Thrush or Candidiasis is a fungal type of infection caused by any of the Candida species and is also known by a number of other names such as Candida, vulvovaginal candidiasis, vulvovaginal candidosis and vaginal yeast infection.
Vaginal thrush symptoms include an irritation and swelling of the vagina and vulva. Thrush is commonly caused by a fungus called Candida albicans. This species of fungus is naturally found in the vagina and is usually quite harmless. However, if bacterial levels change, Candida albicans can cause the symptoms of thrush.
Candida albicans is a casual organism and is generally easy to treat, although it may recur. It may occur in people who are ‘run down’ or who have recently had to take courses of antibiotics for other illnesses. It also tends to occur in persons with a depressed immune system, who have been taking immunosuppressive drugs (transplant patients for example). It may also appear in patients suffering from Aids.
Approximately 75% of women will have thrush during their lives, and 50 percent of these will get thrush more than once. Thrush mainly affects women in their twenties and thirties, and women who are pregnant. Girls that have not yet started their periods, and women who have started the menopause, are less affected.
Why some women are more likely to have thrush than others is debated, but a poorly controlled diabetes or a seriously damaged immune system are just two of the suggestions put forward. It has also been said that an overgrowth of the ‘less friendly’ bacteria can become a problem when they disrupt the balance of organisms in the intestines, and this can be affected by (but not limited to) antibiotic use, birth control pills, the use of hormones and steroids, diet, alcohol and stress.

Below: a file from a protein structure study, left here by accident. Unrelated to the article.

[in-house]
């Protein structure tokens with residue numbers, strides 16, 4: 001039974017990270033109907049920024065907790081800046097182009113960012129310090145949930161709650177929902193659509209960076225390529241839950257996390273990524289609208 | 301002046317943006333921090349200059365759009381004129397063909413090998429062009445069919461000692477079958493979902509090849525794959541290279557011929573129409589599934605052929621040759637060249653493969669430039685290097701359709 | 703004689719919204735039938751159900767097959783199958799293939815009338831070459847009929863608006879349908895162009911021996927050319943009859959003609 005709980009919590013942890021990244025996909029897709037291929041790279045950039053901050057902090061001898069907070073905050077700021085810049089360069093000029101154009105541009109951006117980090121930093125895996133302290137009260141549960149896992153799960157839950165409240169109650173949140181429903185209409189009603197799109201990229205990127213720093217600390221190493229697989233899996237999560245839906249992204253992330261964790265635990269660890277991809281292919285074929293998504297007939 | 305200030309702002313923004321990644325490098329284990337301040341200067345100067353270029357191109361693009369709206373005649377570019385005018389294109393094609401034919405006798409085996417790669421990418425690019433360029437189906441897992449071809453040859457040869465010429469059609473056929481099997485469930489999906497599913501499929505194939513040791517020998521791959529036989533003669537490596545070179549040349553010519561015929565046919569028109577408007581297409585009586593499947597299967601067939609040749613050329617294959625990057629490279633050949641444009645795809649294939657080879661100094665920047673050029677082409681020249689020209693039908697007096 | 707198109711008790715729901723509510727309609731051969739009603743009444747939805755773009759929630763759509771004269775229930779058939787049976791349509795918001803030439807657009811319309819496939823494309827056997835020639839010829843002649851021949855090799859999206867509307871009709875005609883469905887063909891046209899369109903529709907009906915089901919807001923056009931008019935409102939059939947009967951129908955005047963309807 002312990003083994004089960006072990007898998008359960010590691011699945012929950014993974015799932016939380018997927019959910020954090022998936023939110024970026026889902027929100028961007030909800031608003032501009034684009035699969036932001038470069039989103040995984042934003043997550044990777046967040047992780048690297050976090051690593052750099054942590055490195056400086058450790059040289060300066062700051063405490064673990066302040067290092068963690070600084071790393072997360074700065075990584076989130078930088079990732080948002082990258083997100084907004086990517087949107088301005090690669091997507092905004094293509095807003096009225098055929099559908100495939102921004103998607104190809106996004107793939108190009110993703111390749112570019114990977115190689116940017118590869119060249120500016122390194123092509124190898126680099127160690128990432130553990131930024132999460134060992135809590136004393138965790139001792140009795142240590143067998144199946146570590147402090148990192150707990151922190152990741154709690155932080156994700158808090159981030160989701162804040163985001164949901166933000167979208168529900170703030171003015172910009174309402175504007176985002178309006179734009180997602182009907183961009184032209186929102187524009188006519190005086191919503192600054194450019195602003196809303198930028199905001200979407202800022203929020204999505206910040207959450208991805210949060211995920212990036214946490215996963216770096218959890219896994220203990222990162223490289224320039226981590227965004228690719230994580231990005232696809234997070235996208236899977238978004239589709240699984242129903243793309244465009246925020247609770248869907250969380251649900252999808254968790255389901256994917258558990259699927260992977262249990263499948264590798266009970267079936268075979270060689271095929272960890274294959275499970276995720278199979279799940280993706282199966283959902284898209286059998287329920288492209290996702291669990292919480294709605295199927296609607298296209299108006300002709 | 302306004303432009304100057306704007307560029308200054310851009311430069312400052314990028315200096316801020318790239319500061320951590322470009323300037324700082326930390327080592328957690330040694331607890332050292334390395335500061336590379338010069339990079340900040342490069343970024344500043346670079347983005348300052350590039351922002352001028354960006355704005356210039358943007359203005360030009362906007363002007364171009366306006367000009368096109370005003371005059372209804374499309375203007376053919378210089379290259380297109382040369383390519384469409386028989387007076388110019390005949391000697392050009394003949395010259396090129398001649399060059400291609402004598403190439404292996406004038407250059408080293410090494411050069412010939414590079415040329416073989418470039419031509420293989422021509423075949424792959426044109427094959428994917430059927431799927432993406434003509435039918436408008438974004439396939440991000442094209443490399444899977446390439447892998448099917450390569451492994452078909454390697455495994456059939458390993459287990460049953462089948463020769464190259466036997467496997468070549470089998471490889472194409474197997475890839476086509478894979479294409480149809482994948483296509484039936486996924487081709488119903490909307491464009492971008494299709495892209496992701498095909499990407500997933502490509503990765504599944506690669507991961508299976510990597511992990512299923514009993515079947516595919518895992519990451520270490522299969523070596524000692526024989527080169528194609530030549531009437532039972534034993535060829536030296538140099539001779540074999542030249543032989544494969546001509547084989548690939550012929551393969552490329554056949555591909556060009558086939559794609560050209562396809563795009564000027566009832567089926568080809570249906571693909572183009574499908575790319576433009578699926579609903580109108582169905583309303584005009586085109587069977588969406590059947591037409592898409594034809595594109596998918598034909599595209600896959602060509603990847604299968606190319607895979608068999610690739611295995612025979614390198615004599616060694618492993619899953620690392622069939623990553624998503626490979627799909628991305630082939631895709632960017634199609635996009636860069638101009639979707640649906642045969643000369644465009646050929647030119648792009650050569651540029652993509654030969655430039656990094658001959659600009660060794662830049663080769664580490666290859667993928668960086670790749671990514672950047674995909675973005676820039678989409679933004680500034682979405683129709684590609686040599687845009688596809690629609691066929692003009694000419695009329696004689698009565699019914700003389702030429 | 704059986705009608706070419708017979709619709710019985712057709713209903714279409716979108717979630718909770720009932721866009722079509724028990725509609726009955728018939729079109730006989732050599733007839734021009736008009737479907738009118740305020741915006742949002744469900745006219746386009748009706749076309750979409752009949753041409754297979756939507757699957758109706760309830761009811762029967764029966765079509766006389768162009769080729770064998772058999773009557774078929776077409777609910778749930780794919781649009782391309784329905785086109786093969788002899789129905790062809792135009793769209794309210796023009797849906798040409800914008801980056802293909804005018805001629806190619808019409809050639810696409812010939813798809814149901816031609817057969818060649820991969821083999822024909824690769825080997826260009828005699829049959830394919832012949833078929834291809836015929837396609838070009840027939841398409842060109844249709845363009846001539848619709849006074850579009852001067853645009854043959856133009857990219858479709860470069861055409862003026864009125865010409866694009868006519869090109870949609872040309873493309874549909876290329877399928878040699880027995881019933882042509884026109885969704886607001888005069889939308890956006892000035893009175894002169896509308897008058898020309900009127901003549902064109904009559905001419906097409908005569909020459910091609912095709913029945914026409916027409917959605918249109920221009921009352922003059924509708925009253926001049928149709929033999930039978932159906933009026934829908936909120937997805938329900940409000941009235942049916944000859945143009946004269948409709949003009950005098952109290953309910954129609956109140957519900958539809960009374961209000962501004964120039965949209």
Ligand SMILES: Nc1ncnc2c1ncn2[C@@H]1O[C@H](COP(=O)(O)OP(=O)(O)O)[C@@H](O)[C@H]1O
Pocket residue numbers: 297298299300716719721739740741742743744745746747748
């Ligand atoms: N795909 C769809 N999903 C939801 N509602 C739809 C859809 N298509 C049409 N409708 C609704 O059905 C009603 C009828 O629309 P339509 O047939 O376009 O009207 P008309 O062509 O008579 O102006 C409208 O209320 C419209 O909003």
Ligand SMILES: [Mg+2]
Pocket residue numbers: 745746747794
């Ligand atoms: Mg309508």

Candidiasis, as we have already mentioned is a fungal infection, and covers infections that include oral thrush, vaginitis and systemic (and potentially life threatening) diseases. The more serious Candida infections are also referred to as candidemia, which can affect cancer, transplant and Aids patients.
Symptoms of candidiasis vary depending on the location of the infection. If it appears on the vulva or vagina, it may cause burning, itching, irritation, soreness and a white ‘cottage cheese’ type discharge. For men it might produce very close to the head of their penis or foreskin red patchy sores, severe itching and in most of the cases a burning sensation. Candidiasis symptoms of the penis may also produce a white discharge, but this is not common.
Diabetes mellitus and the use of anti-bacterial antibiotics have been linked to an increased incidence of yeast infections (Candida) and diet was found to affect rates of symptomatic Candidiasis in tests carried out on animals. Even the wearing of a wet swimming suit for a long period of time is believed to be a risk factor.
Whilst Candida infections of the mucosal membranes or skin that cause local inflammation are quite common and clearly attributable to the genus Candida, candidiasis describes a variety of differing syndromes that can frequently differ in their causes and outcomes and can be divided into a number of different types.